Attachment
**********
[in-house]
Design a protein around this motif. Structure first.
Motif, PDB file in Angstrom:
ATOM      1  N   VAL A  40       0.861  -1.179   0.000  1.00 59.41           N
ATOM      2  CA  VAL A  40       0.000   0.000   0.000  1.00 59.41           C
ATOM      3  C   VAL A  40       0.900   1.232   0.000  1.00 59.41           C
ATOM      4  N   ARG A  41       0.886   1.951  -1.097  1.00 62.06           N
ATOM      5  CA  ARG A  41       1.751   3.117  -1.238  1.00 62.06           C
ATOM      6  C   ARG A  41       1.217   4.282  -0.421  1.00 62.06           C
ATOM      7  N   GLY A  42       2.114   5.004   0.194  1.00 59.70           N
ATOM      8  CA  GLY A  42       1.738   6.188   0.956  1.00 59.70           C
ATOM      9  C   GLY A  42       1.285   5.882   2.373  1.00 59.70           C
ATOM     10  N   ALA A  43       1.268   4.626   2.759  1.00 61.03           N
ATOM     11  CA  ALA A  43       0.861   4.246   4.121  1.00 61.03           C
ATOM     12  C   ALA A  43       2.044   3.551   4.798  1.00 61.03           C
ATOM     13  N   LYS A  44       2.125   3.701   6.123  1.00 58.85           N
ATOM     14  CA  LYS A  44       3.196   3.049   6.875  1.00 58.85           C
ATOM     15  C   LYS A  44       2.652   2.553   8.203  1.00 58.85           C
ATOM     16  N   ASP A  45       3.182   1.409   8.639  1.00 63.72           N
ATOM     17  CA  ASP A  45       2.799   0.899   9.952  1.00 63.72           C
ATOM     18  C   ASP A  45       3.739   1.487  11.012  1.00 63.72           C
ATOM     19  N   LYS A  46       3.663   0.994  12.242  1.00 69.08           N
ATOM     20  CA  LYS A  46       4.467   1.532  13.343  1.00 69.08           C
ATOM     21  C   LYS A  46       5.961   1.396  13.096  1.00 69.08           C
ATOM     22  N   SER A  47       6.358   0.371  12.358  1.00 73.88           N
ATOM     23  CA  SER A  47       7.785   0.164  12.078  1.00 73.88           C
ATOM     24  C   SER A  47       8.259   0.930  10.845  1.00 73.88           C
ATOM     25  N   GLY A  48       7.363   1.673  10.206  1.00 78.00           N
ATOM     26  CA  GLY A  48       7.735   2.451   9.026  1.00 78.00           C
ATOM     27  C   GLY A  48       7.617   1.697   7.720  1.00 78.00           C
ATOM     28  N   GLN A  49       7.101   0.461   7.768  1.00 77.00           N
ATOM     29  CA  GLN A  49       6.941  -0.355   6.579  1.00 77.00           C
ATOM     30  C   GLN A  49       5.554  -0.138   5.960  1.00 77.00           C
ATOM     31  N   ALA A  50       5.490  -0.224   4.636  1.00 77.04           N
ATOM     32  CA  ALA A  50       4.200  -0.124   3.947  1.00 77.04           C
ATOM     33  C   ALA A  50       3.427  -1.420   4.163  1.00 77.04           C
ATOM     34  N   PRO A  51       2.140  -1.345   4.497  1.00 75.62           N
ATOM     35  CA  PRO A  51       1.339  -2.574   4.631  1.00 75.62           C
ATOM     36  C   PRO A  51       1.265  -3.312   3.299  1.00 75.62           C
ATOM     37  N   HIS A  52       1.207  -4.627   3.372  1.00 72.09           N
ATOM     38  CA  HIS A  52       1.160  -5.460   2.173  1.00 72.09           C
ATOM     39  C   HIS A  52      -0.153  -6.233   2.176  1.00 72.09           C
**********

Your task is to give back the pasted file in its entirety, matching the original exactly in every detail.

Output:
[in-house]
Design a protein around this motif. Structure first.
Motif, PDB file in Angstrom:
ATOM      1  N   VAL A  40       0.861  -1.179   0.000  1.00 59.41           N
ATOM      2  CA  VAL A  40       0.000   0.000   0.000  1.00 59.41           C
ATOM      3  C   VAL A  40       0.900   1.232   0.000  1.00 59.41           C
ATOM      4  N   ARG A  41       0.886   1.951  -1.097  1.00 62.06           N
ATOM      5  CA  ARG A  41       1.751   3.117  -1.238  1.00 62.06           C
ATOM      6  C   ARG A  41       1.217   4.282  -0.421  1.00 62.06           C
ATOM      7  N   GLY A  42       2.114   5.004   0.194  1.00 59.70           N
ATOM      8  CA  GLY A  42       1.738   6.188   0.956  1.00 59.70           C
ATOM      9  C   GLY A  42       1.285   5.882   2.373  1.00 59.70           C
ATOM     10  N   ALA A  43       1.268   4.626   2.759  1.00 61.03           N
ATOM     11  CA  ALA A  43       0.861   4.246   4.121  1.00 61.03           C
ATOM     12  C   ALA A  43       2.044   3.551   4.798  1.00 61.03           C
ATOM     13  N   LYS A  44       2.125   3.701   6.123  1.00 58.85           N
ATOM     14  CA  LYS A  44       3.196   3.049   6.875  1.00 58.85           C
ATOM     15  C   LYS A  44       2.652   2.553   8.203  1.00 58.85           C
ATOM     16  N   ASP A  45       3.182   1.409   8.639  1.00 63.72           N
ATOM     17  CA  ASP A  45       2.799   0.899   9.952  1.00 63.72           C
ATOM     18  C   ASP A  45       3.739   1.487  11.012  1.00 63.72           C
ATOM     19  N   LYS A  46       3.663   0.994  12.242  1.00 69.08           N
ATOM     20  CA  LYS A  46       4.467   1.532  13.343  1.00 69.08           C
ATOM     21  C   LYS A  46       5.961   1.396  13.096  1.00 69.08           C
ATOM     22  N   SER A  47       6.358   0.371  12.358  1.00 73.88           N
ATOM     23  CA  SER A  47       7.785   0.164  12.078  1.00 73.88           C
ATOM     24  C   SER A  47       8.259   0.930  10.845  1.00 73.88           C
ATOM     25  N   GLY A  48       7.363   1.673  10.206  1.00 78.00           N
ATOM     26  CA  GLY A  48       7.735   2.451   9.026  1.00 78.00           C
ATOM     27  C   GLY A  48       7.617   1.697   7.720  1.00 78.00           C
ATOM     28  N   GLN A  49       7.101   0.461   7.768  1.00 77.00           N
ATOM     29  CA  GLN A  49       6.941  -0.355   6.579  1.00 77.00           C
ATOM     30  C   GLN A  49       5.554  -0.138   5.960  1.00 77.00           C
ATOM     31  N   ALA A  50       5.490  -0.224   4.636  1.00 77.04           N
ATOM     32  CA  ALA A  50       4.200  -0.124   3.947  1.00 77.04           C
ATOM     33  C   ALA A  50       3.427  -1.420   4.163  1.00 77.04           C
ATOM     34  N   PRO A  51       2.140  -1.345   4.497  1.00 75.62           N
ATOM     35  CA  PRO A  51       1.339  -2.574   4.631  1.00 75.62           C
ATOM     36  C   PRO A  51       1.265  -3.312   3.299  1.00 75.62           C
ATOM     37  N   HIS A  52       1.207  -4.627   3.372  1.00 72.09           N
ATOM     38  CA  HIS A  52       1.160  -5.460   2.173  1.00 72.09           C
ATOM     39  C   HIS A  52      -0.153  -6.233   2.176  1.00 72.09           C